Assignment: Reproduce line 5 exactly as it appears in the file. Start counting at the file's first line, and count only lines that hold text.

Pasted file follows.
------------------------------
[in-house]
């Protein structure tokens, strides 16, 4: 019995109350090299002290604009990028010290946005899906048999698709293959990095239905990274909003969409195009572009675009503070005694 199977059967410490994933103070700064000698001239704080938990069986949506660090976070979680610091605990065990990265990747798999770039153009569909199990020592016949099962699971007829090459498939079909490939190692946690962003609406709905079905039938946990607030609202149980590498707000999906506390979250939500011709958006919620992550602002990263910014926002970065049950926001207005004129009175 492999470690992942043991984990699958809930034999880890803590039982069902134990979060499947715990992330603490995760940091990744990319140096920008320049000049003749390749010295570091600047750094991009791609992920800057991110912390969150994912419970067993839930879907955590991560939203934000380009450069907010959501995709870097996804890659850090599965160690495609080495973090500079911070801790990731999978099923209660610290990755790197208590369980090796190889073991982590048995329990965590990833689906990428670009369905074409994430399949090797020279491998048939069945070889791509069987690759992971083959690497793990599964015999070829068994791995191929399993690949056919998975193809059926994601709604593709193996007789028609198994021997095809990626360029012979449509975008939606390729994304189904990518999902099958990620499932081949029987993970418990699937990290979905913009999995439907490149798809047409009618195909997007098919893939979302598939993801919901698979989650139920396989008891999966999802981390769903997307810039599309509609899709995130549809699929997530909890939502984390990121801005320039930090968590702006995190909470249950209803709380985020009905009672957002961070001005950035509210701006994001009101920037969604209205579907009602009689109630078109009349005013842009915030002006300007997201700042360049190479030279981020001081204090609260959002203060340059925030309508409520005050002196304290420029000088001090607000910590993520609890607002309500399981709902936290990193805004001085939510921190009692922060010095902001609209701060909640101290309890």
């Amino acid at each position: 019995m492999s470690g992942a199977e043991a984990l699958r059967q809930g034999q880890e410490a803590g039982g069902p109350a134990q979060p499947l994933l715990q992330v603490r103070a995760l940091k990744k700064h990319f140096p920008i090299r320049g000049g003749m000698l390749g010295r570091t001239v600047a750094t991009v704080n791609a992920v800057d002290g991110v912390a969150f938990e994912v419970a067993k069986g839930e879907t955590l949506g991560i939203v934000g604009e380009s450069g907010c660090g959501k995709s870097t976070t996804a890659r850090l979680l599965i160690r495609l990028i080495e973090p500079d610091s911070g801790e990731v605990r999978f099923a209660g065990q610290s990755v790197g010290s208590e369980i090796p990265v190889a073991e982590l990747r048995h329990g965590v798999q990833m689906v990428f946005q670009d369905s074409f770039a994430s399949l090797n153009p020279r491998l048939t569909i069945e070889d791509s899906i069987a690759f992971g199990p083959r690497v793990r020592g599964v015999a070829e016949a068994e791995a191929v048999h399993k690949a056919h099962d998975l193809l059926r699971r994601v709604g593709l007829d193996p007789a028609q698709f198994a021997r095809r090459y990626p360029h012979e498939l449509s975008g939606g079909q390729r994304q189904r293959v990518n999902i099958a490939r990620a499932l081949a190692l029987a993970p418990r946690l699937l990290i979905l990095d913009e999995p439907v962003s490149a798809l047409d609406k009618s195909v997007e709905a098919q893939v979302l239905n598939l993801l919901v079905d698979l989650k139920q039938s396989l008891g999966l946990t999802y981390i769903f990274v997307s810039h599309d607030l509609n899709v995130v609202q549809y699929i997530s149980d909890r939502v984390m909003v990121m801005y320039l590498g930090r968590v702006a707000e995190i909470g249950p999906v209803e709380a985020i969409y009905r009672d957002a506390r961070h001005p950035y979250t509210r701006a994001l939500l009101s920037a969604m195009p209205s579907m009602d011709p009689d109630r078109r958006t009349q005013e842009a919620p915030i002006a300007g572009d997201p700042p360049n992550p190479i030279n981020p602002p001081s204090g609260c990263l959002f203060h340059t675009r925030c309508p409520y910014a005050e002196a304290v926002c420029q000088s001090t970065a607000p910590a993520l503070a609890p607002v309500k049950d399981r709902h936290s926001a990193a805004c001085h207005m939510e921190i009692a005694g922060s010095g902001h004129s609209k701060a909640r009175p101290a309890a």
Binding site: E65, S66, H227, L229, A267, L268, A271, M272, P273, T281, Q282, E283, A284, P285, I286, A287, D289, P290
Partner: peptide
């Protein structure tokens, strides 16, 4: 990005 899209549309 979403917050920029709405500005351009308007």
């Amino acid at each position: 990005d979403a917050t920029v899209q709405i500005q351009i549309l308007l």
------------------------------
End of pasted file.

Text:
Partner: peptide